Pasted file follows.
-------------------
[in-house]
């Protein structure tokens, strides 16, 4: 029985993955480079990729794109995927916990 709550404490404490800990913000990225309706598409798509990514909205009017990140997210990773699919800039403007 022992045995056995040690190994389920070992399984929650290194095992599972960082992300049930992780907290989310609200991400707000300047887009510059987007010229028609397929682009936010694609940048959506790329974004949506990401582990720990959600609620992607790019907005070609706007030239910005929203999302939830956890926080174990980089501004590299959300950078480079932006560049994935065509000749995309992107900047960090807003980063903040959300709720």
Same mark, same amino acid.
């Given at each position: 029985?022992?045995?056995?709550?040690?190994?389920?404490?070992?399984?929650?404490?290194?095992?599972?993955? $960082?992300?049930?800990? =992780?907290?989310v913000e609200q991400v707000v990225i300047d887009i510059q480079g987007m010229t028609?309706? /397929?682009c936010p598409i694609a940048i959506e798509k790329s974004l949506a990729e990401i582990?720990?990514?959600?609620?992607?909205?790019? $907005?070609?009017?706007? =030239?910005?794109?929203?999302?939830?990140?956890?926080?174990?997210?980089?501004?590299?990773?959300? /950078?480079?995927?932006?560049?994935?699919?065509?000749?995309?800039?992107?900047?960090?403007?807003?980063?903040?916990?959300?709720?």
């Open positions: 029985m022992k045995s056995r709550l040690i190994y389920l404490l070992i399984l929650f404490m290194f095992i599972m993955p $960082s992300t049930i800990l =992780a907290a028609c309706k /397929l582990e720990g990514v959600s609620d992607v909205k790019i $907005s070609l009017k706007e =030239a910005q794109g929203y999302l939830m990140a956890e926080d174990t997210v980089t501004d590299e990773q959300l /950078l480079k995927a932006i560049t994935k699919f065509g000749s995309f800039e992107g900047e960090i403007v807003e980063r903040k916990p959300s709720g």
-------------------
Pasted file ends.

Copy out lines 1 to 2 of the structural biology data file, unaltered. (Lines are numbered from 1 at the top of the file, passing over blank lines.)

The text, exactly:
[in-house]
């Protein structure tokens, strides 16, 4: 029985993955480079990729794109995927916990 709550404490404490800990913000990225309706598409798509990514909205009017990140997210990773699919800039403007 022992045995056995040690190994389920070992399984929650290194095992599972960082992300049930992780907290989310609200991400707000300047887009510059987007010229028609397929682009936010694609940048959506790329974004949506990401582990720990959600609620992607790019907005070609706007030239910005929203999302939830956890926080174990980089501004590299959300950078480079932006560049994935065509000749995309992107900047960090807003980063903040959300709720």